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Instructor Class Description

Time Schedule:

Kimberlee Gillis-Bridges
ENGL 281
Seattle Campus

Intermediate Expository Writing

Writing papers communicating information and opinion to develop accurate, competent, and effective expression.

Class description

"Life is bewildering, and what's interesting, it seems to me, about coming to new places, as well as about coming to writing, is that you get to feel things that are altogether strange and unfamiliar to you. One mark of a novice traveler is his impulse to attribute qualities to places that then allow him to feel at home. By insisting that places conform to the truth he already knows, he is imposing upon them a whole series of expectations, untenable and invariable, that the locations cannot accommodate. . . .The real story lurks underneath—in history, in the environment itself, and in the people living there now."—Frances McCue. The Car That Brought You Here Still Runs: Revisiting the Northwest Towns of Richard Hugo. Seattle and London: University of Washington Press, 2010. 4.

In this course students will work individually and in groups to research Seattle communities in the Chinatown/International District and the Capitol Hill neighborhood. We will focus on what we see when we arrive in these new places, and what we discover as we bring together various ways of knowing where “the real story lurks.? The instructor and UW librarians will train students in a variety of research methods, including observation, census data, local history, local and regional newspapers, mapping, community web sites and interviews. Throughout the research process, students studying the same neighborhood will share information and respond to each other’s ideas-in-progress. Students will write in a range of genres: unobtrusive observations, field notes, researcher’s notebook entries, posters, individual research reports, exploratory reflections and co-authored projects. Writers will receive frequent peer and instructor feedback on their work. The course concludes with individual students’ reflecting on what they have learned and on how their writing in this class transfers to other writing occasions. The design and topic of this course accommodate a broad range of disciplinary approaches to understanding urban communities.

Student learning goals

1.Employ a variety of research methods (observation, interview, video recording, photography, library research of newspapers, maps and government documents) to investigate a selected Seattle community and evaluating the effective uses and limitations of research methods;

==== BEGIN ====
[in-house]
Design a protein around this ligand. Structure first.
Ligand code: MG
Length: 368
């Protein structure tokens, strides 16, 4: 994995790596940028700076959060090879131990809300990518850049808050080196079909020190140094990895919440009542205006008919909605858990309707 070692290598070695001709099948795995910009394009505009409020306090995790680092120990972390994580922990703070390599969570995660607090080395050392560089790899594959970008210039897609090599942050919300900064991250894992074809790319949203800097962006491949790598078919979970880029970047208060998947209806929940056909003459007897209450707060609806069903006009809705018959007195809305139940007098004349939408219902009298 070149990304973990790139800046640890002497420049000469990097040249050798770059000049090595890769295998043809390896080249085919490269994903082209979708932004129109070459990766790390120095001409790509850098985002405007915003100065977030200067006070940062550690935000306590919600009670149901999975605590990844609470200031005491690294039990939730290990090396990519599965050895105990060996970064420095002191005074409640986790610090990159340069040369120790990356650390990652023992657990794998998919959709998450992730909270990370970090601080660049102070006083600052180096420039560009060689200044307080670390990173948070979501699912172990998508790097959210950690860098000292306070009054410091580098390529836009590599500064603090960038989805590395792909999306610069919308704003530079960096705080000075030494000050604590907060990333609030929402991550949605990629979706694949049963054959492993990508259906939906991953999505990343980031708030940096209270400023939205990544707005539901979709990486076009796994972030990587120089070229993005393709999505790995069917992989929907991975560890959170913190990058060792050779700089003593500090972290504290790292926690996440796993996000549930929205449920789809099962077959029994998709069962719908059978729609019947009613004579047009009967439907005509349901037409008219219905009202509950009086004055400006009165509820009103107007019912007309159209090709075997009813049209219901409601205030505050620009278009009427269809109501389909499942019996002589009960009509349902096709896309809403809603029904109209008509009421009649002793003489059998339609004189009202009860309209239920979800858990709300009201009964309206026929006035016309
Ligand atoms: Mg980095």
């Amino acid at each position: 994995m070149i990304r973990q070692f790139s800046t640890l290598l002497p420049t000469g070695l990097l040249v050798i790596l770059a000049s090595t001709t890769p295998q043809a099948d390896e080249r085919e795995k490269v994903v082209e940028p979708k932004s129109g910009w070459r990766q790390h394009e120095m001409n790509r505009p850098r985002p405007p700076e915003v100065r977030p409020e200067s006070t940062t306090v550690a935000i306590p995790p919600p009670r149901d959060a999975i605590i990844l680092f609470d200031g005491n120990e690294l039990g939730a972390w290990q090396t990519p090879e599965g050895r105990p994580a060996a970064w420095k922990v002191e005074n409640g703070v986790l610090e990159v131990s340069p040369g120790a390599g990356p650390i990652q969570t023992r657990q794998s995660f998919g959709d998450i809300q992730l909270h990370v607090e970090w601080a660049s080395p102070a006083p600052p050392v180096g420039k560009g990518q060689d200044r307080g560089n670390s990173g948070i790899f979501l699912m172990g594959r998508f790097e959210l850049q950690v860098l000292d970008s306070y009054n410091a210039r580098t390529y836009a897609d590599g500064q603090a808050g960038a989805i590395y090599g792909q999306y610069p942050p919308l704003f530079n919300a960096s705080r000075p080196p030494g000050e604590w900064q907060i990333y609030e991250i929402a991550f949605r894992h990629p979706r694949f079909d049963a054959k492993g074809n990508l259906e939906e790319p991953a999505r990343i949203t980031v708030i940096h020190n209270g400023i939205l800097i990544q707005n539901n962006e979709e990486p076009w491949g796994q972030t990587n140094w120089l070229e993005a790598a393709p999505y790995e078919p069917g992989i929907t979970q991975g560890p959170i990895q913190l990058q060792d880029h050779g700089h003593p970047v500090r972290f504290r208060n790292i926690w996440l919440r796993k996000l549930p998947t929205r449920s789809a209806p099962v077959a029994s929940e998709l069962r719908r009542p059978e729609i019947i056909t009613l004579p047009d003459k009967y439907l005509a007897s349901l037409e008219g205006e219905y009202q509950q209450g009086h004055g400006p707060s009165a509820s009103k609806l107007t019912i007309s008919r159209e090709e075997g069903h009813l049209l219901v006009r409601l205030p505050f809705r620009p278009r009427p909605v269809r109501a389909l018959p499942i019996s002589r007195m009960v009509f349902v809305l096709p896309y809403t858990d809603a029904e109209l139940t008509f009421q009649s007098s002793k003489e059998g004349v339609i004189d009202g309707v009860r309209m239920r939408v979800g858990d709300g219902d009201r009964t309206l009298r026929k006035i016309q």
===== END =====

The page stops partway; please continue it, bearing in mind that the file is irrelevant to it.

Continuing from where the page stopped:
2.Independently develop research questions informed by course readings and activities and formulate and revise conclusions throughout the research and writing process;

3.Synthesize, analyze and draw connections among research data;

4. Produce complex written, oral and/or multimedia work that demonstrates awareness of audience, purpose and specific genre conventions and strategically incorporates appropriate evidence;

5. Use writing to learn and reflect on learning; and

6. Work collaboratively with teachers, librarians and peers.

General method of instruction

Discussion, small-group work, research, frequent graded and ungraded writing, revision based on feedback from instructor and peers.

Recommended preparation

While 281 has no formal prerequisite, this is an intermediate writing course, and instructors expect entering students to know how to formulate claims, integrate evidence, demonstrate awareness of audience, and structure coherent sentences, paragraph and essays. Thus we strongly encourage students to complete an introductory writing course before enrolling in English 281.

Class assignments and grading

Researcher's notebook entries, three essays, a collaboratively authored community profile that integrates group members' individual research projects, and a poster presentation.

Grades in English 281 will be computed by points, with 400 points equaling a 4.0, 300 points a 3.0, and so on. If your total falls between grades, I will round up if you score one to five points below the higher grade and round down if you score one to four points above the lower grade. For example, 274 points equals a 2.7 and 275 points a 2.8. Students who score less than 65 points total will receive a 0 for the course, as the UW grading system does not scale grades lower than .7.

Apart from researcher’s notebook entries and peer reviews, which are graded on a credit/no credit basis, points for each assignment will be awarded based on quality of work submitted. I will distribute grading criteria with all assignments. Each component of the course is worth the following number of points:

•Participation, Homework, Peer Review and Researcher’s Notebook: 100 points •Essays: 220 points •Community Profile Group Analysis: 20 points •Poster Conference Presentation: 60 points

The information above is intended to be helpful in choosing courses. Because the instructor may further develop his/her plans for this course, its characteristics are subject to change without notice. In most cases, the official course syllabus will be distributed on the first day of class.
Additional Information
Last Update by Kimberlee Gillis-Bridges
Date: 06/20/2011